The Cost of Hacking the Bitcoin Network
Cryptocurrencies based on distributed ledger technology have grown to reach a market capitalisation of over $150 billion, with Bitcoin accounting for just under half of this amount. But, with the blockchain based technology reliant on community agreement and code, how susceptible is it to being overthrown or hacked?
Immutability is used to imply unmodifiable, meaning information which is validated by a consensus of miners on the blockchain becomes unalterable following its encryption.
The consensus of confirming the information truthfully on the blockchain is dependent on the honesty of a collective of individuals who could, theoretically, decide to collectively input the information on the blockchain as they wish. However, the overwhelming majority would have to do so for the transaction to be signed onto the ledger. This is where the idea of a 51% attack comes in.
The immutability of the ledger can be undermined by a 51% attack: where a single entity has more capacity than the remainder of the network and can continue the main blockchain with a new block, inputting whichever information it desires.
In practice, such an attack would require superior mining capacity in relation to the remainder of the network combined and would therefore be difficult to achieve. It would be difficult because (1) the energy needed to power a massive amount of (2) mining equipment would be colossal, both implying a need for access to an extremely large amount of funds that would amount to somewhere in the region of $2.5 billion USD.
However, there are entities that do have access to such funds and could have motivations for reversing transactions. One obvious example is nation states.
Moreover, if we take China — the country where the most amount of mining takes place and therefore the state with the largest hash power — the authorities could seize the mining pools to reverse any transactions. In such a case, people would know what was going on but would not be able to stop it without rewriting Bitcoin itself.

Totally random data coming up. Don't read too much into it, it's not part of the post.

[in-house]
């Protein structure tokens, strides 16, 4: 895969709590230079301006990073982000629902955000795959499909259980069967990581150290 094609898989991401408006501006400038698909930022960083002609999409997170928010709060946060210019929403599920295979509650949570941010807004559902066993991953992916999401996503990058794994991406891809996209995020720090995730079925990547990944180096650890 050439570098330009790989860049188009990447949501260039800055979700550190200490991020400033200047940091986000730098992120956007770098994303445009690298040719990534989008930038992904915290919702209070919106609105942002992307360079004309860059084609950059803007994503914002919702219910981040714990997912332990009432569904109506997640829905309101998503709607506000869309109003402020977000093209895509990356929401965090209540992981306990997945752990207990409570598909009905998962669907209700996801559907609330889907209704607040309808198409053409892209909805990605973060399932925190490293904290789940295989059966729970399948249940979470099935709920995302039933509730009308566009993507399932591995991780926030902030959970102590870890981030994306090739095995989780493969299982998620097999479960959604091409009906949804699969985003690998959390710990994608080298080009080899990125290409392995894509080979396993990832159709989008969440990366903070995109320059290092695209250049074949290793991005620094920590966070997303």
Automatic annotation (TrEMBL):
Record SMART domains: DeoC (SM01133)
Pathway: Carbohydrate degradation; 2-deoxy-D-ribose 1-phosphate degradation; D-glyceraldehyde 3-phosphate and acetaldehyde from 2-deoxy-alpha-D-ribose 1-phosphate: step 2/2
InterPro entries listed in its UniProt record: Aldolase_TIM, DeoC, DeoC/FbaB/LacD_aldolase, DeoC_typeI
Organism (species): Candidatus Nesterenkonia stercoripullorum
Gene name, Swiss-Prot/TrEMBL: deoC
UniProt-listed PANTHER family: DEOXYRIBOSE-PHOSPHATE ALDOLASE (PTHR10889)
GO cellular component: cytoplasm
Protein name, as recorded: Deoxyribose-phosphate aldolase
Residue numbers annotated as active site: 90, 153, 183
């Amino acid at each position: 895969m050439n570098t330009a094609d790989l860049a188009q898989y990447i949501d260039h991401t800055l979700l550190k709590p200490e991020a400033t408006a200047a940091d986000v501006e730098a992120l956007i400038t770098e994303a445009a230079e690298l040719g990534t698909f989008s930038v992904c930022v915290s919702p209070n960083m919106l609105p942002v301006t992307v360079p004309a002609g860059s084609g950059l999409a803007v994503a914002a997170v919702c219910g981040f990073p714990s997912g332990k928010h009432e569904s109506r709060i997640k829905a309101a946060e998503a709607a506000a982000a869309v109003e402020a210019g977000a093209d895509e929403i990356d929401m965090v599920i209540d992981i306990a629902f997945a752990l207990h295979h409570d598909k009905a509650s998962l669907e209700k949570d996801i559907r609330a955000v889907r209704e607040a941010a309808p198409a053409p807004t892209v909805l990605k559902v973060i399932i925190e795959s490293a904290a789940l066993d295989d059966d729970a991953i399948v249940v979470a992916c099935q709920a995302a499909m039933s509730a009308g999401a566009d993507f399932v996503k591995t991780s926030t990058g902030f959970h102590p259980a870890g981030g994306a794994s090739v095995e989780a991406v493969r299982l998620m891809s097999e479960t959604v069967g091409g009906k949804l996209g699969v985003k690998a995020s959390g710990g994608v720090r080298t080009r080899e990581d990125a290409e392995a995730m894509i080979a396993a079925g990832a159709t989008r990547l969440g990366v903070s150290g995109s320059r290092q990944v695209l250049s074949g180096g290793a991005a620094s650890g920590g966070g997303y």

Exploiting the code and forking
Forking is key to blockchain technology and means that to reverse a transaction you would have to have consensus or a fork would take place. A fork occurs where there is a disagreement on the network about which information is correct.
One other point of note is that, where code is law, exploits in the code make what would be a fair system vulnerable to theft and manipulation.
If a hack takes place then alterations to the code will have to be made to prevent it happening further and disagreements in relation to which changes (if any) should be made may arise. In such a case, a fork would take place, with Ethereum here presenting itself as the perfect example to highlight the above.
Mutable by consensus
So, in the end, blockchains are not as immutable as purported by many, and are alterable in cases where the community agrees to go back and rewrite the information placed on the chain. However, we can all agree that, although hacking the blockchain and making changes is possible in theory, in reality, the practicality of doing so makes it extremely costly and difficult.
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Reprinted from here